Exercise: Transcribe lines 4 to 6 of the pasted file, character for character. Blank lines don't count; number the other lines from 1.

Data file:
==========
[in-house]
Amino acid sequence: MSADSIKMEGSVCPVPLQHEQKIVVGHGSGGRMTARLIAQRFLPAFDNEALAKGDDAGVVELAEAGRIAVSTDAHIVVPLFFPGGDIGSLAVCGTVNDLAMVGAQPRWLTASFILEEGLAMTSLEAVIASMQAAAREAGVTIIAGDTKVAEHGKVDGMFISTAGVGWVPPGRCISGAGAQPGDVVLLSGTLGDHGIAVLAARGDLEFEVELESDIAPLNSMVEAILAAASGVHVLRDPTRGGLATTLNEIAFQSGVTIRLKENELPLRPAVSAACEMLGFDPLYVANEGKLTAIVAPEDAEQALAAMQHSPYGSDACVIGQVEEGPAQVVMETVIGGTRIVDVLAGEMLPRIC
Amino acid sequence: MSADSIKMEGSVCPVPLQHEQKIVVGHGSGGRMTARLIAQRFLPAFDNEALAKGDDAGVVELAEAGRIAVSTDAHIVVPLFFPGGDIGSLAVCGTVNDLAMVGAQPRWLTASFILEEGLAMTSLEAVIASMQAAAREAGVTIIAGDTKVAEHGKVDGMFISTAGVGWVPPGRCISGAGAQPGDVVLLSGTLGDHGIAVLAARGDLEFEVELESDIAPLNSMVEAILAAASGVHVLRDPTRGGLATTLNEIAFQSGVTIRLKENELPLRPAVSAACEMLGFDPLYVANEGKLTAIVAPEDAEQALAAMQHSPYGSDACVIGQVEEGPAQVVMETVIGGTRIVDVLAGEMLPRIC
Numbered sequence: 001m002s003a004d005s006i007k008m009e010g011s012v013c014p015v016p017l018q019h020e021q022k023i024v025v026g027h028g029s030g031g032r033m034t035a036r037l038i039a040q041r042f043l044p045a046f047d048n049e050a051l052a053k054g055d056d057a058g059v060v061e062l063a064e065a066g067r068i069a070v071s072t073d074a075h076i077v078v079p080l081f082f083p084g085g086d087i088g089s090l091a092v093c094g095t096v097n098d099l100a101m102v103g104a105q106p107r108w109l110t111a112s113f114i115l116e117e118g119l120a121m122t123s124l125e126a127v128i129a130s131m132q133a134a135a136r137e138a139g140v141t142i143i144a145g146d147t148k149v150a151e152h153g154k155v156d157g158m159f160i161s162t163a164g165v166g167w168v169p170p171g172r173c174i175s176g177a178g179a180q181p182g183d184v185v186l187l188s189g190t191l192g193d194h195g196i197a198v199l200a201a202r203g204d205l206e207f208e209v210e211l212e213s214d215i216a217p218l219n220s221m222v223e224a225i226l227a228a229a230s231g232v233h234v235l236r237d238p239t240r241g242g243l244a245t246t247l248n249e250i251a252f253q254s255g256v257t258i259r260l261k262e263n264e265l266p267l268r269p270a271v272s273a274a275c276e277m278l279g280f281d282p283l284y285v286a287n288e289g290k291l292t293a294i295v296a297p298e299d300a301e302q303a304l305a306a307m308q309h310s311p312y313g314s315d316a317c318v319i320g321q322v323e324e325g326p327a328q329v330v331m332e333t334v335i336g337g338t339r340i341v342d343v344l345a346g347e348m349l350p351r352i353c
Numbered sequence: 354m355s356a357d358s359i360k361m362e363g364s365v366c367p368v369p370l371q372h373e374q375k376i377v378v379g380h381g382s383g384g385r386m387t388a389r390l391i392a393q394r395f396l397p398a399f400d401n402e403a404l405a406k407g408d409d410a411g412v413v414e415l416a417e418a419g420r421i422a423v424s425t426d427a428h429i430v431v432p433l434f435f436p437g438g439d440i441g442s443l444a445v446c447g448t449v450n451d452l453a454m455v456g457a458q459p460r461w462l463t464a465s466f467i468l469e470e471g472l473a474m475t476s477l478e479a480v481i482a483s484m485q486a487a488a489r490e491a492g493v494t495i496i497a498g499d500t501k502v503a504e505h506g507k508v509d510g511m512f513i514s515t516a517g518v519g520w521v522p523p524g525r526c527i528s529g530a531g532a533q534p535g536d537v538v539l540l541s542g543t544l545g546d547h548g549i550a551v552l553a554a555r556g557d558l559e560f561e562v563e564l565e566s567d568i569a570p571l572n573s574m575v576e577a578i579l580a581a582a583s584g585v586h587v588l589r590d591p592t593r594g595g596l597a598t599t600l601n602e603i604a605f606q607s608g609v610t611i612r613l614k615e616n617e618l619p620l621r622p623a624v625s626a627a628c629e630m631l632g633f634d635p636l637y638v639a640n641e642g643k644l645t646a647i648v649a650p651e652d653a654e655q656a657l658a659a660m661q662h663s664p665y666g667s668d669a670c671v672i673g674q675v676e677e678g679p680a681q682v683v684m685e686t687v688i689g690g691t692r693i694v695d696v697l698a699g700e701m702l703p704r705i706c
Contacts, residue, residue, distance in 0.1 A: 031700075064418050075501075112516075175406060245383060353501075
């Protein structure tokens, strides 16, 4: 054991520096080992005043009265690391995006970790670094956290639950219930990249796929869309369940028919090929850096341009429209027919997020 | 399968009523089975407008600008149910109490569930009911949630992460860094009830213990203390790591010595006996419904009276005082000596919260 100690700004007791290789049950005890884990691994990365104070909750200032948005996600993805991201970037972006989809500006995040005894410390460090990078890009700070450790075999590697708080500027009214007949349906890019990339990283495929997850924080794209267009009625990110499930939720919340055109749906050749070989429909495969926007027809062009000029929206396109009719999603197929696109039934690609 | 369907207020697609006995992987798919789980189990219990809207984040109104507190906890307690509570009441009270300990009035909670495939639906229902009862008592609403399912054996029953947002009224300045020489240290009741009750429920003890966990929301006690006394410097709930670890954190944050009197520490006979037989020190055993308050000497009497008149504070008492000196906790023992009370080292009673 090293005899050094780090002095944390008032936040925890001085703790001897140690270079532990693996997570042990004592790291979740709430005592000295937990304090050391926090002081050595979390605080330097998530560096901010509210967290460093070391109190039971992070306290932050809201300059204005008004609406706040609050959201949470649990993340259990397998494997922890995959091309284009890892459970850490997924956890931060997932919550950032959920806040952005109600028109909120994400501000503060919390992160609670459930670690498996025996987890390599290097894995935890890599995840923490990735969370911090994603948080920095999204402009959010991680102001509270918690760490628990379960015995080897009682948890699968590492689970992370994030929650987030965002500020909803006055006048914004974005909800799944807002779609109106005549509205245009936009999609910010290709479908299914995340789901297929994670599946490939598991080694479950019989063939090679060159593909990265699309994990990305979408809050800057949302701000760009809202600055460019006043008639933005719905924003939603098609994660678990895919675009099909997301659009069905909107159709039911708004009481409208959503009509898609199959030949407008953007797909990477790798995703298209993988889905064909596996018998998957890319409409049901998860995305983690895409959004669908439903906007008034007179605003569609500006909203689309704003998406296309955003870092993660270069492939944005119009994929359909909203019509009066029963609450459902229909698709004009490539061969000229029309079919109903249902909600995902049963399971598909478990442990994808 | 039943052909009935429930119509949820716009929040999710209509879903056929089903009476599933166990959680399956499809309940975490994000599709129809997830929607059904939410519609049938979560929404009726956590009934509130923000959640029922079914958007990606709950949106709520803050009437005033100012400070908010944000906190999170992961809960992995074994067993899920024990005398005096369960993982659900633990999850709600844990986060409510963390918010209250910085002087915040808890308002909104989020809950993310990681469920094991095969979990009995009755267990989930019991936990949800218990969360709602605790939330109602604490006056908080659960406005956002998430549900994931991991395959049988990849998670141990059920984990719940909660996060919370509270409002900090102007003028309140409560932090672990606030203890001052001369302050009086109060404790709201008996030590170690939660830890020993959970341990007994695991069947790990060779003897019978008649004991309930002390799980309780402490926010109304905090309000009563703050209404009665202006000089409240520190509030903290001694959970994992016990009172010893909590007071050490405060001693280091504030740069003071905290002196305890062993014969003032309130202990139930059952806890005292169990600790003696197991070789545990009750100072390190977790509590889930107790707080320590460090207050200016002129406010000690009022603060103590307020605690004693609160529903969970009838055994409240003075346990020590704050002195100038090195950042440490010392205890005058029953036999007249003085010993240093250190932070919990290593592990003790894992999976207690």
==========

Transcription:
Numbered sequence: 001m002s003a004d005s006i007k008m009e010g011s012v013c014p015v016p017l018q019h020e021q022k023i024v025v026g027h028g029s030g031g032r033m034t035a036r037l038i039a040q041r042f043l044p045a046f047d048n049e050a051l052a053k054g055d056d057a058g059v060v061e062l063a064e065a066g067r068i069a070v071s072t073d074a075h076i077v078v079p080l081f082f083p084g085g086d087i088g089s090l091a092v093c094g095t096v097n098d099l100a101m102v103g104a105q106p107r108w109l110t111a112s113f114i115l116e117e118g119l120a121m122t123s124l125e126a127v128i129a130s131m132q133a134a135a136r137e138a139g140v141t142i143i144a145g146d147t148k149v150a151e152h153g154k155v156d157g158m159f160i161s162t163a164g165v166g167w168v169p170p171g172r173c174i175s176g177a178g179a180q181p182g183d184v185v186l187l188s189g190t191l192g193d194h195g196i197a198v199l200a201a202r203g204d205l206e207f208e209v210e211l212e213s214d215i216a217p218l219n220s221m222v223e224a225i226l227a228a229a230s231g232v233h234v235l236r237d238p239t240r241g242g243l244a245t246t247l248n249e250i251a252f253q254s255g256v257t258i259r260l261k262e263n264e265l266p267l268r269p270a271v272s273a274a275c276e277m278l279g280f281d282p283l284y285v286a287n288e289g290k291l292t293a294i295v296a297p298e299d300a301e302q303a304l305a306a307m308q309h310s311p312y313g314s315d316a317c318v319i320g321q322v323e324e325g326p327a328q329v330v331m332e333t334v335i336g337g338t339r340i341v342d343v344l345a346g347e348m349l350p351r352i353c
Numbered sequence: 354m355s356a357d358s359i360k361m362e363g364s365v366c367p368v369p370l371q372h373e374q375k376i377v378v379g380h381g382s383g384g385r386m387t388a389r390l391i392a393q394r395f396l397p398a399f400d401n402e403a404l405a406k407g408d409d410a411g412v413v414e415l416a417e418a419g420r421i422a423v424s425t426d427a428h429i430v431v432p433l434f435f436p437g438g439d440i441g442s443l444a445v446c447g448t449v450n451d452l453a454m455v456g457a458q459p460r461w462l463t464a465s466f467i468l469e470e471g472l473a474m475t476s477l478e479a480v481i482a483s484m485q486a487a488a489r490e491a492g493v494t495i496i497a498g499d500t501k502v503a504e505h506g507k508v509d510g511m512f513i514s515t516a517g518v519g520w521v522p523p524g525r526c527i528s529g530a531g532a533q534p535g536d537v538v539l540l541s542g543t544l545g546d547h548g549i550a551v552l553a554a555r556g557d558l559e560f561e562v563e564l565e566s567d568i569a570p571l572n573s574m575v576e577a578i579l580a581a582a583s584g585v586h587v588l589r590d591p592t593r594g595g596l597a598t599t600l601n602e603i604a605f606q607s608g609v610t611i612r613l614k615e616n617e618l619p620l621r622p623a624v625s626a627a628c629e630m631l632g633f634d635p636l637y638v639a640n641e642g643k644l645t646a647i648v649a650p651e652d653a654e655q656a657l658a659a660m661q662h663s664p665y666g667s668d669a670c671v672i673g674q675v676e677e678g679p680a681q682v683v684m685e686t687v688i689g690g691t692r693i694v695d696v697l698a699g700e701m702l703p704r705i706c
Contacts, residue, residue, distance in 0.1 A: 031700075064418050075501075112516075175406060245383060353501075